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China’s Lenovo cuts more staff amid lacklustre smartphone business

Chinese technology giant Lenovo Group is implementing another round of layoffs across the company, as it struggles to revive its flagging smartphone business amid a lingering global economic slowdown.

In a statement issued on Tuesday Lenovo said the new job cuts affected “less than 2 per cent of its approximately 55,000 employees globally”.

“The majority of the positions being eliminated are part of the ongoing strategic integration between Lenovo and its Motorola smartphone business,” the company said.

The staff reduction follows the recent forecast by research firm Gartner of flat worldwide information technology spending this year, totalling US$3.41 trillion.

Gartner also predicted global smartphone sales to increase by only 7 per cent this year to 1.5 billion units, compared with 14.4 per cent growth last year.

The World Trade Organisation on Tuesday forecast global trade to expand slower than expected this year to just 1.7 per cent, well below the 2.8 per cent growth it estimated in April.

The latest retrenchment at Lenovo has come 11 months after the company slashed 10 per cent of its non-manufacturing workforce, or 3,200 employees, under a sweeping restructuring unveiled in August last year.

The world’s largest supplier of personal computers incurred US$600 million in restructuring costs and a US$300 million write-off of its smartphone inventory.

“We will come through these efforts as a faster, stronger and better aligned global company,” Lenovo chairman and chief executive Yang Yuanqing said at the time.

Lenovo, which operates in more than 160 countries, apparently decided further measures were needed, which it said included the streamlining of its mobile business group’s product portfolio “to best compete in the global smartphone market”.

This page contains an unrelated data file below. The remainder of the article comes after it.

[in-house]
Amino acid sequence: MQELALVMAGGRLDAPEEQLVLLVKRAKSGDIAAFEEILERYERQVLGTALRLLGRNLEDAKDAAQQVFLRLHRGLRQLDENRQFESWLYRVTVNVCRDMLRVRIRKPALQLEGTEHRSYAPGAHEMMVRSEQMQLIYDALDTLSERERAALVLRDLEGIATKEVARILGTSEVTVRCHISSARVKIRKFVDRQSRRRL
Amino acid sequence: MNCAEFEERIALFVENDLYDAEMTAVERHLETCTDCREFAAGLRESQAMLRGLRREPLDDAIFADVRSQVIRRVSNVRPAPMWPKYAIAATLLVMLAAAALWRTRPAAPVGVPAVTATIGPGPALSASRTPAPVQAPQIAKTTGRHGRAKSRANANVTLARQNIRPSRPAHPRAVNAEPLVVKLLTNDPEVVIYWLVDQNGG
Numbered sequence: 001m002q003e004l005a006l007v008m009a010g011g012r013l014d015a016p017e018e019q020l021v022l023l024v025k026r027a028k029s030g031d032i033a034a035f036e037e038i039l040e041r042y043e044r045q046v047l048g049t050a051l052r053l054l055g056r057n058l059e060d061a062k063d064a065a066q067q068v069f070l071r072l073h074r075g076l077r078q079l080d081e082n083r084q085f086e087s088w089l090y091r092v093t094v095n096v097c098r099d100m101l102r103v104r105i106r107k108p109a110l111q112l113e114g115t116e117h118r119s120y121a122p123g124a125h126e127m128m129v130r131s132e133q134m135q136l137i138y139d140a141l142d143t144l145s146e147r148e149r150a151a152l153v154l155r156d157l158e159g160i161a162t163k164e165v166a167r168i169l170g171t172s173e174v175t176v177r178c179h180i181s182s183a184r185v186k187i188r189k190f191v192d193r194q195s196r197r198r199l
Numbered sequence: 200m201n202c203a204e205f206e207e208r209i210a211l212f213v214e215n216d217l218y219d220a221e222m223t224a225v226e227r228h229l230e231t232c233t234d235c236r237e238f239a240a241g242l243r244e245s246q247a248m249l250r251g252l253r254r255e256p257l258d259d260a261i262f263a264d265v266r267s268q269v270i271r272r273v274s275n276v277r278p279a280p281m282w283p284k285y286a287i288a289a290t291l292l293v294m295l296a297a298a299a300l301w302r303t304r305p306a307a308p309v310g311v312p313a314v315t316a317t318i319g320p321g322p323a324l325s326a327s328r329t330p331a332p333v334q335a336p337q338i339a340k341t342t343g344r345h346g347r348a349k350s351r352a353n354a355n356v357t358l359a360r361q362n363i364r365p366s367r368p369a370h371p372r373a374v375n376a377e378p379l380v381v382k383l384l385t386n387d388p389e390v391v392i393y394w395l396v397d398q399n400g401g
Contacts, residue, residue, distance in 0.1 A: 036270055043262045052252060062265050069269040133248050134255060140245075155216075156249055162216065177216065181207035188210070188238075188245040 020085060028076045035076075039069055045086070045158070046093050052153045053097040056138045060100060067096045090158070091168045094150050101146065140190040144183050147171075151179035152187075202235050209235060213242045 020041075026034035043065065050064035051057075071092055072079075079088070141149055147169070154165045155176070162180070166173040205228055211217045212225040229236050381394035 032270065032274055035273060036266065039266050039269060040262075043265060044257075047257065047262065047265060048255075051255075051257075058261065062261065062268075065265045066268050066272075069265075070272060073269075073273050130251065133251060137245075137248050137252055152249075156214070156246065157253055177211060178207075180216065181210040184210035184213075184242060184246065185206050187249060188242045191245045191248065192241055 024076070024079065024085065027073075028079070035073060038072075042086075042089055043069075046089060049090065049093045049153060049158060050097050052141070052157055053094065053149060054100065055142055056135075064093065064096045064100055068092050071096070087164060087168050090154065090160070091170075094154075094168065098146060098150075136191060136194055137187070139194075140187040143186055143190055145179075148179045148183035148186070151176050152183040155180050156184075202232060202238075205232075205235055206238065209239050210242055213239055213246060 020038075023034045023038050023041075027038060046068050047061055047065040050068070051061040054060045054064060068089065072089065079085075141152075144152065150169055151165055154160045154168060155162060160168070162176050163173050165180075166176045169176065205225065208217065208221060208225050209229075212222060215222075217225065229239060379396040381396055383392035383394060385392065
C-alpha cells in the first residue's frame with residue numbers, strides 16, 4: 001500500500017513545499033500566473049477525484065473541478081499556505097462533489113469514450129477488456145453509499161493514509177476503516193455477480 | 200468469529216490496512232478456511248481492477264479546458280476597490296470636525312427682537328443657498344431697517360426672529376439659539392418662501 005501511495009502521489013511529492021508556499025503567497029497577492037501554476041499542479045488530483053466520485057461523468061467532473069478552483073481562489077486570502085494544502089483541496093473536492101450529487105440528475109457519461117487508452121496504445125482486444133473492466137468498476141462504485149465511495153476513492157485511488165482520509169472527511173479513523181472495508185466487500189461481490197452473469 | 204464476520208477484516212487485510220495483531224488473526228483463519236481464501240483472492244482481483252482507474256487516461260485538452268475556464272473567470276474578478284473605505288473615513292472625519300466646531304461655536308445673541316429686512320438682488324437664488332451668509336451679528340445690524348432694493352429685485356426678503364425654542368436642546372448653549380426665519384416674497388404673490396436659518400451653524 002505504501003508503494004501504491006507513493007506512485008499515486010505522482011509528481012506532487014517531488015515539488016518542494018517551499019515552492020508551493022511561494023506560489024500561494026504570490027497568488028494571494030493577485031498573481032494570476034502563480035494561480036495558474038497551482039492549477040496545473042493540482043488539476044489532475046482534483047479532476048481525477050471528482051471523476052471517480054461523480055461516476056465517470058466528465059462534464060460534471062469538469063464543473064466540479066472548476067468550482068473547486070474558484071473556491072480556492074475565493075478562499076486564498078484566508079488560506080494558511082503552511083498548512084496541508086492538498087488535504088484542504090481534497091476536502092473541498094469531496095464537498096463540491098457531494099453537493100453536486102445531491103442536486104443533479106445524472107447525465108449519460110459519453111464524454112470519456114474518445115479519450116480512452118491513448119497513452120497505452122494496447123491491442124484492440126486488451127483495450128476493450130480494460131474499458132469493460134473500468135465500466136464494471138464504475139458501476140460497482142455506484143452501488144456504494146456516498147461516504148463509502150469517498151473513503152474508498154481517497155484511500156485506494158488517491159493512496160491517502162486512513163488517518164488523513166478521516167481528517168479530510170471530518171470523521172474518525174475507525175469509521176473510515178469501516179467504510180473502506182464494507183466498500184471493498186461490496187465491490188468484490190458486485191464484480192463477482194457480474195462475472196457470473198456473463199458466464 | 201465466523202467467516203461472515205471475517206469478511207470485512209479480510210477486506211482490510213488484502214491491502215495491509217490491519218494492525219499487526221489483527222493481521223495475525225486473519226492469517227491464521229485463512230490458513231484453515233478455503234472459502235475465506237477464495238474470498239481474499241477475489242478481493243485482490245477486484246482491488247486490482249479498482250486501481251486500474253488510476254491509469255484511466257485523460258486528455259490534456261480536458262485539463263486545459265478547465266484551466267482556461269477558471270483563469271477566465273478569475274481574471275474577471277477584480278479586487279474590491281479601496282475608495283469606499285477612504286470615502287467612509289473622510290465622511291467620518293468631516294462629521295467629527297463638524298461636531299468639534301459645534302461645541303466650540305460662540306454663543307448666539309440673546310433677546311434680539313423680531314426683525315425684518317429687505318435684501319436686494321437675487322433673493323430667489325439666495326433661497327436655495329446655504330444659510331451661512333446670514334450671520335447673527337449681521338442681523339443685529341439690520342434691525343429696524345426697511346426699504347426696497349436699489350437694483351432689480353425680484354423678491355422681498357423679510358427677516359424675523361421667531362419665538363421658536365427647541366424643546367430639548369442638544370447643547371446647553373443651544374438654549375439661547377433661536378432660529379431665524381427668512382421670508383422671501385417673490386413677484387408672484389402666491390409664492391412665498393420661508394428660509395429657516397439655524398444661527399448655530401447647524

“The company is also making adjustments in other areas of the business as part of a continued effort to manage costs, drive efficiency and support ongoing improvement in overall financial performance,” Lenovo said.

“While these actions are never easy, they are a necessary part of our continued efforts to ensure long-term, profitable growth across all of our businesses.”

Lenovo last month reported that its total revenue fell 6 per cent to US$10.06 billion in its fiscal first quarter ended June 30, compared with US$10.72 billion a year earlier. Sales at its mobile business group, which includes smartphones under the Motorola and Lenovo brands, were down 6 per cent year on year to US$1.7 billion in the same period.

Lenovo purchased Motorola Mobility for US$2.91 billion from Google in 2014, representing the Chinese company’s biggest-ever corporate acquisition.

Despite the optimism expressed by Lenovo’s senior management about absorbing that major operation, analysts have pointed out that the road to integration was fraught with tough challenges. That was certainly the case as Lenovo failed to keep up with other Chinese smartphone brands, including Huawei Technologies, Oppo, Vivo and Xiaomi.

Bernstein Research senior analyst Alberto Moel said in a report that Lenovo’s mobile business group remained “a work in progress”.

Nomura analyst Huang Leping recently estimated that Lenovo “would need US$11 billion revenue to reach a break-even point [for its smartphone business] in its current fiscal year”.

Lenovo chief operating officer Gianfranco Lanci said in June that the company must complete the revamp of its smartphone supply chain “within this year to gain the advantage in managing inventory and parts supplies, as well as provide flexibility in the factory”.

Apart from the technology industry, economists have also warned that the economic downturn has also made the tourism, construction, financial services and property sectors vulnerable to layoffs.